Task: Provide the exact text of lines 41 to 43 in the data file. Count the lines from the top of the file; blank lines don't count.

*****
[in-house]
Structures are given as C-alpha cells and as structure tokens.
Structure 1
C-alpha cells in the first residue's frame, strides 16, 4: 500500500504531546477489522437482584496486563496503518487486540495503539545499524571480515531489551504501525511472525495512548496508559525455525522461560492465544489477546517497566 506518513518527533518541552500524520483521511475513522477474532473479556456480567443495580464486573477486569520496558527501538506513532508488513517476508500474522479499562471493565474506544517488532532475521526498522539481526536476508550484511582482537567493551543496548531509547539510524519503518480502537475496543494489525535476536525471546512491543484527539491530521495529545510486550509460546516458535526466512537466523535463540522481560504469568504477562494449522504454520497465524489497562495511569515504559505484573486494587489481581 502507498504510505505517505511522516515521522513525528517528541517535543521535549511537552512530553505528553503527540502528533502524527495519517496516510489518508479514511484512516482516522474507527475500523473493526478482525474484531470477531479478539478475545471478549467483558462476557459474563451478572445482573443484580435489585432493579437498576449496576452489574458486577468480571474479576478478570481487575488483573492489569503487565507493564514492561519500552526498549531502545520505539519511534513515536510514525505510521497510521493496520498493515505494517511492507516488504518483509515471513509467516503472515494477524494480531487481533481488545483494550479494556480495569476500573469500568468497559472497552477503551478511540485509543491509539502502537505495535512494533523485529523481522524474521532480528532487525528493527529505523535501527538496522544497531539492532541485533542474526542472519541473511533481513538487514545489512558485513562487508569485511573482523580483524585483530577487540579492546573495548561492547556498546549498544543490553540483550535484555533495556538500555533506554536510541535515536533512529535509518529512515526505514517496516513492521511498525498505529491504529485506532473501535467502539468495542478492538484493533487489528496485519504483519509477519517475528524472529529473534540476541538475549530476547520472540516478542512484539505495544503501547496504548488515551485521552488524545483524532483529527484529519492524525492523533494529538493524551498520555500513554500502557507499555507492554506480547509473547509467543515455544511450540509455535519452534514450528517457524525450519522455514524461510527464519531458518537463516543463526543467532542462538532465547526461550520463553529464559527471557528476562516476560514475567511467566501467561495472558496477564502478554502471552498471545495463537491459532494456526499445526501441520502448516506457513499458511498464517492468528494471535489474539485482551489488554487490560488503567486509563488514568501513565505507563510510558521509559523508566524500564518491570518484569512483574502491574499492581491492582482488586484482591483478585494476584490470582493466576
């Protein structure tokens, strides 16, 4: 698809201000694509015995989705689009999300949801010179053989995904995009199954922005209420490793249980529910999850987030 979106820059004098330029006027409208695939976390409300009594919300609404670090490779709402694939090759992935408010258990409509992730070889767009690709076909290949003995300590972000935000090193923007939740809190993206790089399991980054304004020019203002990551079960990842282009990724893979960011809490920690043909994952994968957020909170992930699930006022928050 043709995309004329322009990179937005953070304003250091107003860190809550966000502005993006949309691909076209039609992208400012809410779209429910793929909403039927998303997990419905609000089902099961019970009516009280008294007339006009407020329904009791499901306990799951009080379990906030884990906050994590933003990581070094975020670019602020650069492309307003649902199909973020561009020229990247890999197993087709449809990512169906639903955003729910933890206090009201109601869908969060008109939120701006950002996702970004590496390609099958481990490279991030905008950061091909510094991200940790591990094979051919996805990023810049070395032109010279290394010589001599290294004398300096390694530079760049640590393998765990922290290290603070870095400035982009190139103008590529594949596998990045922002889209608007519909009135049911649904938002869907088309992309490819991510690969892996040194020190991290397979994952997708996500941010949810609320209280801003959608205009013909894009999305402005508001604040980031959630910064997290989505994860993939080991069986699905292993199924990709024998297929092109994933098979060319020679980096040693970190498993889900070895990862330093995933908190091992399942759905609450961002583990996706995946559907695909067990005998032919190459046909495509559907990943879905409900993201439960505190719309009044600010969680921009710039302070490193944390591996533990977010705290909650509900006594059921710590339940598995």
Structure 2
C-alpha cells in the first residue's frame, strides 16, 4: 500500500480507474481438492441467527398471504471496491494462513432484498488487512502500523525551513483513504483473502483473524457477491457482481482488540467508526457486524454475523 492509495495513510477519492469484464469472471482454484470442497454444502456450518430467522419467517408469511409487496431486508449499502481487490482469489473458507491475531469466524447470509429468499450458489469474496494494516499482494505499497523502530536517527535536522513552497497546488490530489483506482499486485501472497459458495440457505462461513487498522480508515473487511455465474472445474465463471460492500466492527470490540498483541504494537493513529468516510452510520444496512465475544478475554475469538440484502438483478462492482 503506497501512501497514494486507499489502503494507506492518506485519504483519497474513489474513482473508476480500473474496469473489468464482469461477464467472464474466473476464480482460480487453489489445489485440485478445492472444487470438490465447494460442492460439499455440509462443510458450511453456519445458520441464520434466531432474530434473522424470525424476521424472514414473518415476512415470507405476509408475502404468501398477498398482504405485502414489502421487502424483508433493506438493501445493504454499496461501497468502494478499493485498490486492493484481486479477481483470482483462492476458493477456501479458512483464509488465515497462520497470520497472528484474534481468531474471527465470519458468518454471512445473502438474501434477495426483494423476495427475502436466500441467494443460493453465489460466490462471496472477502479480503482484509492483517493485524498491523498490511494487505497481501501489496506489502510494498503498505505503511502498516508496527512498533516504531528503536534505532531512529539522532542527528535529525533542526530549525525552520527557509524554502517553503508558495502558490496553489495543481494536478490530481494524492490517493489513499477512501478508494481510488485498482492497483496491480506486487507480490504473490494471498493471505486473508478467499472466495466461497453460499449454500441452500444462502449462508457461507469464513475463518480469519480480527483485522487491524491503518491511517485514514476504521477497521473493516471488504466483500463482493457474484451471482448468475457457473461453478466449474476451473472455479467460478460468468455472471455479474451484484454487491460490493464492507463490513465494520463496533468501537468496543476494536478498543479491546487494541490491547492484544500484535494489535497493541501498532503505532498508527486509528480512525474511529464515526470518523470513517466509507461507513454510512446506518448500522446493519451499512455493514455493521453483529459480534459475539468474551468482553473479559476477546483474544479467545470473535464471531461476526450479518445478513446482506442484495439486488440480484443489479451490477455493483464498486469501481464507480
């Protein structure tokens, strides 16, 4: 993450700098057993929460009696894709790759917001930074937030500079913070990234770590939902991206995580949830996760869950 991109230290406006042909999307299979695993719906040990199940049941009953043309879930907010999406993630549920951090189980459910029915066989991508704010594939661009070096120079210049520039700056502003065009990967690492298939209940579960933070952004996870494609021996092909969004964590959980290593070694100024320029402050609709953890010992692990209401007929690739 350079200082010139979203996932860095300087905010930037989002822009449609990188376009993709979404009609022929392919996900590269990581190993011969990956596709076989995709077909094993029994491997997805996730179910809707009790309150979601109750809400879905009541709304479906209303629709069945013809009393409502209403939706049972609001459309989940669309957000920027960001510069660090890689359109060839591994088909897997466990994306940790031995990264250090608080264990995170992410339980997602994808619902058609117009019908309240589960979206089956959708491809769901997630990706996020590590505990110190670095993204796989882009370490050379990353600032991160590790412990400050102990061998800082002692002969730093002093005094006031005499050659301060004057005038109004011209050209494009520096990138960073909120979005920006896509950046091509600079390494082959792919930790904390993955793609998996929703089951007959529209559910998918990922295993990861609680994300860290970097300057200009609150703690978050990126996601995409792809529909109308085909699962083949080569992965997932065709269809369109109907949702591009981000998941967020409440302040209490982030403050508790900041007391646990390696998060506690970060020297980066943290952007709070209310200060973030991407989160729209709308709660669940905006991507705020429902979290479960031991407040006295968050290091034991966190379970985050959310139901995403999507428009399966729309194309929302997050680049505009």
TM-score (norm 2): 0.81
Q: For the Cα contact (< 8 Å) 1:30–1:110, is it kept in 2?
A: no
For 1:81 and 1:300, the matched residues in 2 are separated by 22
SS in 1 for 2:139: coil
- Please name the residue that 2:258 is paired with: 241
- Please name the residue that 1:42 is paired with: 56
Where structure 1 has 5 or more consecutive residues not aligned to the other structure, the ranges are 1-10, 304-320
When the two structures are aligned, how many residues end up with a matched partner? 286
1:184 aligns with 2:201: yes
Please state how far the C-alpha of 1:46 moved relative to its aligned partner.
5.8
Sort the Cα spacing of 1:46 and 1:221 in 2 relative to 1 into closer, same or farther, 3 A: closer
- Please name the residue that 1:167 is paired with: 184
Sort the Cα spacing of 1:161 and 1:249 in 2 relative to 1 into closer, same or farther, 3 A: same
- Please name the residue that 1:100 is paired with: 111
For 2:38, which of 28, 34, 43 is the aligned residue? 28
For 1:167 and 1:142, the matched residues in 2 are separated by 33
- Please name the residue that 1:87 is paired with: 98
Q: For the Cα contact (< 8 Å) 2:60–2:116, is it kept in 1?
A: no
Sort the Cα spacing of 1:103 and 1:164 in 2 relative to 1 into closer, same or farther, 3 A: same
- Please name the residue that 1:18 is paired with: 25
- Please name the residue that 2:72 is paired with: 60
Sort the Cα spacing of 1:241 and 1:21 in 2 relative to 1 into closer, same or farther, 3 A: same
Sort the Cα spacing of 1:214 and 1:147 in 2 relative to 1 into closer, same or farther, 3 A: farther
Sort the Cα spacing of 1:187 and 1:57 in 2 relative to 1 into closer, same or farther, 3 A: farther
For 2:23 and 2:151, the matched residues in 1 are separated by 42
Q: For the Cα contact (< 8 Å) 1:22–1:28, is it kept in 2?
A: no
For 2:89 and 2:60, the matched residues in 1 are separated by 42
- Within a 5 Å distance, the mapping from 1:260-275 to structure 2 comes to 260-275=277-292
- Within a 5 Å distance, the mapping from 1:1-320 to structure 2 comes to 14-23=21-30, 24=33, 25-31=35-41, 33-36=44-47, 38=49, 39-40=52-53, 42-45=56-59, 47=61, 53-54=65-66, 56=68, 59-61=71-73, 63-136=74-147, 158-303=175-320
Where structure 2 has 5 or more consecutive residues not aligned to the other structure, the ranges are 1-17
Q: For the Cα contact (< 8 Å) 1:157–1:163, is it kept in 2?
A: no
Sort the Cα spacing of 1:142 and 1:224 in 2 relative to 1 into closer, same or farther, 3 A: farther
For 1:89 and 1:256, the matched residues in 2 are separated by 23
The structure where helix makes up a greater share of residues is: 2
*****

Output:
- Within a 5 Å distance, the mapping from 1:1-320 to structure 2 comes to 14-23=21-30, 24=33, 25-31=35-41, 33-36=44-47, 38=49, 39-40=52-53, 42-45=56-59, 47=61, 53-54=65-66, 56=68, 59-61=71-73, 63-136=74-147, 158-303=175-320
Where structure 2 has 5 or more consecutive residues not aligned to the other structure, the ranges are 1-17
Q: For the Cα contact (< 8 Å) 1:157–1:163, is it kept in 2?